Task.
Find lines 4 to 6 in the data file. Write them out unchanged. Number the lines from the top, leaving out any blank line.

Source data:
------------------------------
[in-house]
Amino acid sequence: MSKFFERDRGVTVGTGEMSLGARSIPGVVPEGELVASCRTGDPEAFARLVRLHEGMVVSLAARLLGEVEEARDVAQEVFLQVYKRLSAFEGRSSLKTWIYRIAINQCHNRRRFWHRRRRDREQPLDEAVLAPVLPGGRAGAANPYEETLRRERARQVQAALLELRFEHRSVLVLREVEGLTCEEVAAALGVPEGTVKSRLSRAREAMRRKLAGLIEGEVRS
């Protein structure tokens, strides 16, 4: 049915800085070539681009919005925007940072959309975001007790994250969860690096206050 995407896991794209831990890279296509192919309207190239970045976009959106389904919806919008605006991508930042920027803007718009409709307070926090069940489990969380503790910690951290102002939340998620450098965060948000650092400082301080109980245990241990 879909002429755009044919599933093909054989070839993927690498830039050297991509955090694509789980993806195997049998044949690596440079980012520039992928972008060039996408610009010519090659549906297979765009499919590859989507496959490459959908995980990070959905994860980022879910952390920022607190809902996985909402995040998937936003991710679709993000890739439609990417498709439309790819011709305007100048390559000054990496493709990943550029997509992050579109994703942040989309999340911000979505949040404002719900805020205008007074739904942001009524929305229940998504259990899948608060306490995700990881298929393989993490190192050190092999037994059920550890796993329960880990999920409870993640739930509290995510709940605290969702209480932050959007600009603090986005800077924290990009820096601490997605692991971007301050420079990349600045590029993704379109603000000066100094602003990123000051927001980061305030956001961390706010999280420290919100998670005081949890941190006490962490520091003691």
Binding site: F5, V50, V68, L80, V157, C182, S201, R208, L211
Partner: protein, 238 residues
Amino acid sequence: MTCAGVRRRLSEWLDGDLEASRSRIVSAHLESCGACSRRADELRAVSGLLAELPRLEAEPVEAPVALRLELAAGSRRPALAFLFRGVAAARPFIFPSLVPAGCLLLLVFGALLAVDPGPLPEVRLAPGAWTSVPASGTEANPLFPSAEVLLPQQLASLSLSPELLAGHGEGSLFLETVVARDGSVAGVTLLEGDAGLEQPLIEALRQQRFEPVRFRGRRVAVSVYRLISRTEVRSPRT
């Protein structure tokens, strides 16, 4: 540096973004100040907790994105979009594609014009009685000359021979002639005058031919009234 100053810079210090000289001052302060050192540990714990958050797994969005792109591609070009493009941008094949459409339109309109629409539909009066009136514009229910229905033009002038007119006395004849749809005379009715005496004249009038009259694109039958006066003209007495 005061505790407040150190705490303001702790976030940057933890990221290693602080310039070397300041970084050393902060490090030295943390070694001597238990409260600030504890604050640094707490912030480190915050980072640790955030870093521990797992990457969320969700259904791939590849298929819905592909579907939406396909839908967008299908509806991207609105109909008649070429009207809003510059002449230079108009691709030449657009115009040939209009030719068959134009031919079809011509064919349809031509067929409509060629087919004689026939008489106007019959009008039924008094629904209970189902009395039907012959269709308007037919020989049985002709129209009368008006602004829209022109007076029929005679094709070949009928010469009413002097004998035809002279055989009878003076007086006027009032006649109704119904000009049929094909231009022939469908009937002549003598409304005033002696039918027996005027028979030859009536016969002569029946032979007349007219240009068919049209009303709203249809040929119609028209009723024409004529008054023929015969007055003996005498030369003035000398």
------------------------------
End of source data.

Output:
Binding site: F5, V50, V68, L80, V157, C182, S201, R208, L211
Partner: protein, 238 residues
Amino acid sequence: MTCAGVRRRLSEWLDGDLEASRSRIVSAHLESCGACSRRADELRAVSGLLAELPRLEAEPVEAPVALRLELAAGSRRPALAFLFRGVAAARPFIFPSLVPAGCLLLLVFGALLAVDPGPLPEVRLAPGAWTSVPASGTEANPLFPSAEVLLPQQLASLSLSPELLAGHGEGSLFLETVVARDGSVAGVTLLEGDAGLEQPLIEALRQQRFEPVRFRGRRVAVSVYRLISRTEVRSPRT